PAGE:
By MALONEY YANG
Asian Media Access
MINNEAPOLIS (Nov. 4, 2013) — In collaboration with Asian Media Access; Hawman and Company; Project Sweetie Pie; Strategies; and University of Minnesota Urban Research and Outreach-Engagement Center (UROC), the Twin Cities Regional Center has held a successful Asian American and Pacific Islander Community Summit on Oct. 29, 2013 at UROC in Minneapolis.
The Summit has hosted 7 professional workshops, with more than 60 participants. All presentations were interwoven with each other, largely focusing on Transit Oriented Development, from how small businesses can grow with transit to health impacts.
MC Penny Vang opened up the event and welcomed all participants. She introduced the City Council Candidate Blong Yang, who opened up the summit expressing a lot the needs of North Minneapolis. Having lived in the North Minneapolis area for the past ten years, he voiced the concerns about public safety, ethnic equality, and home ownership.
Blong stresses that these concerns are things that are not easily taken care of, especially when they have been talked about for the last thirty years. Ending his welcoming speech, Blong stepped out of the podium leaving participants nodding in agreement.
Following Blong’s speech, Peg Thomas, the Executive Director of Twin Cities Regional Center shared a detailed report about the well-being of Asian American business in North Minneapolis. After the presentation, Peg Thomas invited each table create a business sign.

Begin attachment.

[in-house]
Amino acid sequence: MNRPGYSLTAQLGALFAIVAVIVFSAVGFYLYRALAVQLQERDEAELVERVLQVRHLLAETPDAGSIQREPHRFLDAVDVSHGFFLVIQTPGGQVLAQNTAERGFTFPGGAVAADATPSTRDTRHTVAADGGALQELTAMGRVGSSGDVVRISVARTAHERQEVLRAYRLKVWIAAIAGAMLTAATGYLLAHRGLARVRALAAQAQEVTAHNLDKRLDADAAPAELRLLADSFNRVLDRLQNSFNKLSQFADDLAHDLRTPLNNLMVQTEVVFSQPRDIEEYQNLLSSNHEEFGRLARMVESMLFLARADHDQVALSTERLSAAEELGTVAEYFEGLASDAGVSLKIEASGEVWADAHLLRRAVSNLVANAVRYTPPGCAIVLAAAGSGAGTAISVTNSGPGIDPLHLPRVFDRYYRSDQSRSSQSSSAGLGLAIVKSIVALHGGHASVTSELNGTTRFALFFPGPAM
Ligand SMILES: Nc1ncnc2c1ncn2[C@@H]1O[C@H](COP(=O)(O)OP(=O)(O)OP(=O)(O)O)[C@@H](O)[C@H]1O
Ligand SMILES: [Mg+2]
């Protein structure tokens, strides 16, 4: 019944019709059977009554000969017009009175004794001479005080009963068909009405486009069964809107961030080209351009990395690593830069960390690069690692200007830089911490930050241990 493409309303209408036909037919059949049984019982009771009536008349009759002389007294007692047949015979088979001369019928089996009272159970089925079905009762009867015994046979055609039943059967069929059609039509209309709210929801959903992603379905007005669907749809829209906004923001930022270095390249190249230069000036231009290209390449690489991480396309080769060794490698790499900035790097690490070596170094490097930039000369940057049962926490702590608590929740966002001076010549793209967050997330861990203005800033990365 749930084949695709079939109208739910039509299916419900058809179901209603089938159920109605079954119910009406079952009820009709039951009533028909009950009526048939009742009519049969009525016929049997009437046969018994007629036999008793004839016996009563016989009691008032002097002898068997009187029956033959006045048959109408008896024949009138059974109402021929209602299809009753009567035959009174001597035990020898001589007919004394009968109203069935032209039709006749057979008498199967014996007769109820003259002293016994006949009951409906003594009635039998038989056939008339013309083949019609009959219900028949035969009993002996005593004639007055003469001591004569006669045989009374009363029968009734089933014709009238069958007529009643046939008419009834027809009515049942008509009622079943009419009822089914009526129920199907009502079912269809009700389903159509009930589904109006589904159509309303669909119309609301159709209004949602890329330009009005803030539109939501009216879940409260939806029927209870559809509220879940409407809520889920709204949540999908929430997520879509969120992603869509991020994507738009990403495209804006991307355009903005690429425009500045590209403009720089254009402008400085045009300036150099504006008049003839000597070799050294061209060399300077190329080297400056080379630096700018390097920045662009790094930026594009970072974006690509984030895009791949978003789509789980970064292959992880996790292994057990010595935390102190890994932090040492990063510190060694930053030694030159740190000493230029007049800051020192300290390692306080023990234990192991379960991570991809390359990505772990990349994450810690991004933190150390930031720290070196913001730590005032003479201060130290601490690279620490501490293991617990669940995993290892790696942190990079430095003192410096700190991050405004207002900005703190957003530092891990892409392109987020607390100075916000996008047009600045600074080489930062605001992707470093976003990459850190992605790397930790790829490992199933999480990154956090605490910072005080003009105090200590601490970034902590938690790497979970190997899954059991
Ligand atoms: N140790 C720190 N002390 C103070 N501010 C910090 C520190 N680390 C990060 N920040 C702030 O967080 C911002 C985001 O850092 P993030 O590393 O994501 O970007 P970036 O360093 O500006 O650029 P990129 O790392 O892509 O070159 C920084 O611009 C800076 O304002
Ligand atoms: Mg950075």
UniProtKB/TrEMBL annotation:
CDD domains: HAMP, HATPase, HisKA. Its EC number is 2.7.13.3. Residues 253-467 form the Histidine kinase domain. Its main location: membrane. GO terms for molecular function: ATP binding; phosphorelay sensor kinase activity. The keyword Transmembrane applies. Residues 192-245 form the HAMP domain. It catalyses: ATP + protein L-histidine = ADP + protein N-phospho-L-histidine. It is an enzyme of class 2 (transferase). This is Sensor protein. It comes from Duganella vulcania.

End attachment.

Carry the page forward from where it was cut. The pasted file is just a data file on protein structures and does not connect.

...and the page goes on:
Groups were asked to brainstorm and discuss about types of businesses that they dream to have. Surprisingly, the attentive and quiet atmosphere suddenly broke down as participants talked with each other or moved from table to table asking to borrow materials to make their business sign more appealing.
The real questions started to pick up after Ange Hwang, Executive Director of Asian Media Access, finished her presentation “How Much Can You Do With $500,00”. Mainly focusing on channeling capital into a business through means of international investors, participants started to feel that their business sign could become more than just words written on a Styrofoam board.
Granted that one of the biggest goals in having a business is growth and expansion, Ange broke down the EB-5 economic development idea into more realistic terms for small business owners. Available since 1990, the Federal EB-5 investment program is rigorously monitored by the United States Citizenship and Immigration Services (USCIS), a division of Homeland Security.
North Minneapolis has been designated as a TEA—Targeted Employment Area where foreign investments can be made in sums of $500,000. Each investment must produce 10 full-time jobs that are sustained for over a two-year period. The investing family is then granted permanent residency status—a green card to immigrate to the United States. Investors pay all additional fees associated with their verification and immigration process.